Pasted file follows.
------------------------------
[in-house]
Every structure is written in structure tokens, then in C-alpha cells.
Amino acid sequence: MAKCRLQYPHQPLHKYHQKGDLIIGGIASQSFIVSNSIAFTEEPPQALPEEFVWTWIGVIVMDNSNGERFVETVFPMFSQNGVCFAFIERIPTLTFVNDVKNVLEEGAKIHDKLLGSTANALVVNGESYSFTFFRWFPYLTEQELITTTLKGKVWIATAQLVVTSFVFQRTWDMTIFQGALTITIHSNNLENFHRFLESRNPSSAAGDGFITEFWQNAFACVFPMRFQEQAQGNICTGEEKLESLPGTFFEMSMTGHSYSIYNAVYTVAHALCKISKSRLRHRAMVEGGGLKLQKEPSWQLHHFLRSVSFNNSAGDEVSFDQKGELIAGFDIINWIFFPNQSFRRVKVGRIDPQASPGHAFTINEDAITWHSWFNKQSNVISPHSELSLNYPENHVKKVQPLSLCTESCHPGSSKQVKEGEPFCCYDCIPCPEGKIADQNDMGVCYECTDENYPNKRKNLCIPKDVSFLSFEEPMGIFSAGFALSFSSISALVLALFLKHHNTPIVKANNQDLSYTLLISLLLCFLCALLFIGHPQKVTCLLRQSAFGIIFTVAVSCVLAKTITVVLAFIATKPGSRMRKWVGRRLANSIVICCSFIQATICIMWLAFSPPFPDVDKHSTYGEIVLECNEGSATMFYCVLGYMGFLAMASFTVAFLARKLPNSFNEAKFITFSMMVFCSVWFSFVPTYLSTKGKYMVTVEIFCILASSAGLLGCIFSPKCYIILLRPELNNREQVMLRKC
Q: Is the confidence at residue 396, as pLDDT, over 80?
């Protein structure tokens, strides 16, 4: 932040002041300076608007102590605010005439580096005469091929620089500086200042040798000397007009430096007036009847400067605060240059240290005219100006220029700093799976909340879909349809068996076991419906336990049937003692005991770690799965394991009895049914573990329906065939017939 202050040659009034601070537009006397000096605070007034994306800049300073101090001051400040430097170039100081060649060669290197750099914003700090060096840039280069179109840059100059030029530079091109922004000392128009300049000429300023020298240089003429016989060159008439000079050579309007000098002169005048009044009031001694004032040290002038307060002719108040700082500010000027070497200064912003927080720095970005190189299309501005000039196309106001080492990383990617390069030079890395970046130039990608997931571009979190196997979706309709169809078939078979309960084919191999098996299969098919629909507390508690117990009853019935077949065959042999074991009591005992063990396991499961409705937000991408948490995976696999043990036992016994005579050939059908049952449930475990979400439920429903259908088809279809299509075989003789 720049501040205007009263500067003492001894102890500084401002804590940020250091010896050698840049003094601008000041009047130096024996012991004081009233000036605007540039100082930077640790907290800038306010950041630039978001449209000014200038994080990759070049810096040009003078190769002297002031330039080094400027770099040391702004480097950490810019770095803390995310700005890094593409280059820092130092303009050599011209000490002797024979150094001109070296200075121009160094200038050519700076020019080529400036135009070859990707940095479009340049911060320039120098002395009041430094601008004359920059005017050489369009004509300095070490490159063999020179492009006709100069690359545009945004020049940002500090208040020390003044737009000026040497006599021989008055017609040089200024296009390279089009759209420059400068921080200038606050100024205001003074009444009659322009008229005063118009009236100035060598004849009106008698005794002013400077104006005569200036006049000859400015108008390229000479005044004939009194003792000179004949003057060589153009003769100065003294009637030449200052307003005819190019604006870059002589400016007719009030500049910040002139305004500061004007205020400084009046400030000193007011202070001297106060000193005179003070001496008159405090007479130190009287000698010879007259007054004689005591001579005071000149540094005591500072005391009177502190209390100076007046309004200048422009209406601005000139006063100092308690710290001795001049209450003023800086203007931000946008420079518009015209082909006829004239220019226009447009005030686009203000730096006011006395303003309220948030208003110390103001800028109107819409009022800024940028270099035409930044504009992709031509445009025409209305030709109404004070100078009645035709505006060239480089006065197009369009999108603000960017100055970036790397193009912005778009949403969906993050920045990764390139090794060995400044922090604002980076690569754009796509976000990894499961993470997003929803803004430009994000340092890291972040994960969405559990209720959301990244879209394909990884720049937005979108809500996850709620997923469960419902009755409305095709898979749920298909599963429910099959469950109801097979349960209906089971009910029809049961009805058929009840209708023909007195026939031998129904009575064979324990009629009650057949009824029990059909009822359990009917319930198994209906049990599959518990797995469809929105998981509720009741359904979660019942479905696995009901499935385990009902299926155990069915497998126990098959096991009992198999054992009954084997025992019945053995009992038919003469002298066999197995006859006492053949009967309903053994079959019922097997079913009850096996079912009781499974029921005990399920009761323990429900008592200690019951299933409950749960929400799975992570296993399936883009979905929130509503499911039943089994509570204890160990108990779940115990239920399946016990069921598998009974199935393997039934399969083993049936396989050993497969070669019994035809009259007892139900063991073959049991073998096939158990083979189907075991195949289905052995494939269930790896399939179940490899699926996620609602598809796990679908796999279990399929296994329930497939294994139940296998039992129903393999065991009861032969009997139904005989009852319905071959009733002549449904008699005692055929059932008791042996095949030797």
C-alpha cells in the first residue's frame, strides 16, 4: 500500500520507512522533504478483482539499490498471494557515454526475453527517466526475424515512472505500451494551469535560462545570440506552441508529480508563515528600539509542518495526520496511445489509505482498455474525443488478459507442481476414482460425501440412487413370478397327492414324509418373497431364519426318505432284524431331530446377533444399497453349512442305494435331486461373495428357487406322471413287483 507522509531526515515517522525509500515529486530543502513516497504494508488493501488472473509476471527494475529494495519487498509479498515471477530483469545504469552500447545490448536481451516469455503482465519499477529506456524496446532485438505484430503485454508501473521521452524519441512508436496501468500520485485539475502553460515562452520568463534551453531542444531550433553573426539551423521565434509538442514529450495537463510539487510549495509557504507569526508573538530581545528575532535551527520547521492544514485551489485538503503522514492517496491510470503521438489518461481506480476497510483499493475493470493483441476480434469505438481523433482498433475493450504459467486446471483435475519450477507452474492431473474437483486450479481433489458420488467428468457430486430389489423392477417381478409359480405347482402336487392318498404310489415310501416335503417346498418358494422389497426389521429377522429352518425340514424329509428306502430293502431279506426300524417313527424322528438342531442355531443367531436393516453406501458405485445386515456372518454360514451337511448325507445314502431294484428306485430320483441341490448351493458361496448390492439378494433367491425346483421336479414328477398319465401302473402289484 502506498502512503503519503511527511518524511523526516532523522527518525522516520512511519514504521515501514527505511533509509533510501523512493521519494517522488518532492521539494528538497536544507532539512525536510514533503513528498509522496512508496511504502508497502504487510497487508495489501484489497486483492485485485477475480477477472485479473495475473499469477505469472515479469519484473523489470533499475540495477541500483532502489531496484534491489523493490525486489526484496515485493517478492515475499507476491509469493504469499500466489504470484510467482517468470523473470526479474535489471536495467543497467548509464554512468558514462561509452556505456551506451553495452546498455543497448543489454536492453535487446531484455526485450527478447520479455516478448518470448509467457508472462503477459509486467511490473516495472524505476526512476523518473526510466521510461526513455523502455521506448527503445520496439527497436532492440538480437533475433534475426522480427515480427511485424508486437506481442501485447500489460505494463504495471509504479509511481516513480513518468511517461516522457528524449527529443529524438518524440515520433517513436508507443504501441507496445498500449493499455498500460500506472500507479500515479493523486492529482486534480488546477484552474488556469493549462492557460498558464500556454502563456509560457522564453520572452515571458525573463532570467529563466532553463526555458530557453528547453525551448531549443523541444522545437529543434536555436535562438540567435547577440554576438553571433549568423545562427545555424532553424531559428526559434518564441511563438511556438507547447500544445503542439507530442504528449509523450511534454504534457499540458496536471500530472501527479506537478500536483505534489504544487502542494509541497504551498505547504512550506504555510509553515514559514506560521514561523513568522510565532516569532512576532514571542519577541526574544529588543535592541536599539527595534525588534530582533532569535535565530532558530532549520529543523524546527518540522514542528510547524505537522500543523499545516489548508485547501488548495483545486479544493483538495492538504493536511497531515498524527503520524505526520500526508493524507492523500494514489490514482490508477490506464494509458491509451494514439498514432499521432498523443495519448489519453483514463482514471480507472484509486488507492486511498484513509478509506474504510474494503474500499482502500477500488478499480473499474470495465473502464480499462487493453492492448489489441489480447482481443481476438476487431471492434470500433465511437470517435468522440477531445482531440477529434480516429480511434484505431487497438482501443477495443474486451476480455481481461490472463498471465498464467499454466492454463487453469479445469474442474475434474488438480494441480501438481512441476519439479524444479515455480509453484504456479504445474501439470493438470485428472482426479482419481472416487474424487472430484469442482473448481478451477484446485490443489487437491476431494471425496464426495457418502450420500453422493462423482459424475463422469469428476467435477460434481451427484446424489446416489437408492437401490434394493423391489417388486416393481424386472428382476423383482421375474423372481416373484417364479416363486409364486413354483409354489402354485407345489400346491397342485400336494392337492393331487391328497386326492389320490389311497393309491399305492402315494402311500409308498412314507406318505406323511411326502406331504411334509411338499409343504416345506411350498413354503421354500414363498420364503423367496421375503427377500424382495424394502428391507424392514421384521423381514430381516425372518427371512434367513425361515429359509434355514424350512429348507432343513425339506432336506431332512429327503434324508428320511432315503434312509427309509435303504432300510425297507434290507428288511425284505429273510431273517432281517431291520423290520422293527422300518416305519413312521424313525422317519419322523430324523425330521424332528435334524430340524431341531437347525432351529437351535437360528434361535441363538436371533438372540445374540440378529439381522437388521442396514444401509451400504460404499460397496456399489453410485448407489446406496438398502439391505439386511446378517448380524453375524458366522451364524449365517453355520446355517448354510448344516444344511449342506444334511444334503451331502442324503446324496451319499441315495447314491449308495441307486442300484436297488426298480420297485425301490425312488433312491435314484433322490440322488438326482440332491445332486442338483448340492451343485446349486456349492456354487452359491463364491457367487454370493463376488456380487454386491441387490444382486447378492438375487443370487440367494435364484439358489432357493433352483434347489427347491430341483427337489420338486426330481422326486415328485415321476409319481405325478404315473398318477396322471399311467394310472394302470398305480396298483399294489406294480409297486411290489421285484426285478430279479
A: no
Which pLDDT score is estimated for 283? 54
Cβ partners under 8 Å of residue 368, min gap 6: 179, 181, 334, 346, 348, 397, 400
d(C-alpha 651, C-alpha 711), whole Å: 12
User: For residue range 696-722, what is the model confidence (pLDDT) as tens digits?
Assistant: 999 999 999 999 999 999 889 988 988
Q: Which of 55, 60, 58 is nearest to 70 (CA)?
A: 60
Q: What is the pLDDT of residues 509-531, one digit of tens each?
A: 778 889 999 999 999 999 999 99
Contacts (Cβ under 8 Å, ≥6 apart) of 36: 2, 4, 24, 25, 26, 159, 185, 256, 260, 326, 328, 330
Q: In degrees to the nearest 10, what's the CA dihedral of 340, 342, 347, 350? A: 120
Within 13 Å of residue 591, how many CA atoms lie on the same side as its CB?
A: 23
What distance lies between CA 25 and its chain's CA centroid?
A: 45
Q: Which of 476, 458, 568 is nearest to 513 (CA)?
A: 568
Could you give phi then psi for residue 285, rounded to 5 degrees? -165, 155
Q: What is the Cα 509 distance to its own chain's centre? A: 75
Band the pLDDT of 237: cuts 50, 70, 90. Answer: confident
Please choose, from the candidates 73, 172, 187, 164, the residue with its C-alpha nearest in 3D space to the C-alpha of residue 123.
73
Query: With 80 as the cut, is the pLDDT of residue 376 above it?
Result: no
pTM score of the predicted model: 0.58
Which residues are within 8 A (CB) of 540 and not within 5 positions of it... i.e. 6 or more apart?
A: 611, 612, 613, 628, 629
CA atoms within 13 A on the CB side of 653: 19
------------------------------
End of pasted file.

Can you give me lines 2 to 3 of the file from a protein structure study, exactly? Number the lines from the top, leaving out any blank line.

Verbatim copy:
Every structure is written in structure tokens, then in C-alpha cells.
Amino acid sequence: MAKCRLQYPHQPLHKYHQKGDLIIGGIASQSFIVSNSIAFTEEPPQALPEEFVWTWIGVIVMDNSNGERFVETVFPMFSQNGVCFAFIERIPTLTFVNDVKNVLEEGAKIHDKLLGSTANALVVNGESYSFTFFRWFPYLTEQELITTTLKGKVWIATAQLVVTSFVFQRTWDMTIFQGALTITIHSNNLENFHRFLESRNPSSAAGDGFITEFWQNAFACVFPMRFQEQAQGNICTGEEKLESLPGTFFEMSMTGHSYSIYNAVYTVAHALCKISKSRLRHRAMVEGGGLKLQKEPSWQLHHFLRSVSFNNSAGDEVSFDQKGELIAGFDIINWIFFPNQSFRRVKVGRIDPQASPGHAFTINEDAITWHSWFNKQSNVISPHSELSLNYPENHVKKVQPLSLCTESCHPGSSKQVKEGEPFCCYDCIPCPEGKIADQNDMGVCYECTDENYPNKRKNLCIPKDVSFLSFEEPMGIFSAGFALSFSSISALVLALFLKHHNTPIVKANNQDLSYTLLISLLLCFLCALLFIGHPQKVTCLLRQSAFGIIFTVAVSCVLAKTITVVLAFIATKPGSRMRKWVGRRLANSIVICCSFIQATICIMWLAFSPPFPDVDKHSTYGEIVLECNEGSATMFYCVLGYMGFLAMASFTVAFLARKLPNSFNEAKFITFSMMVFCSVWFSFVPTYLSTKGKYMVTVEIFCILASSAGLLGCIFSPKCYIILLRPELNNREQVMLRKC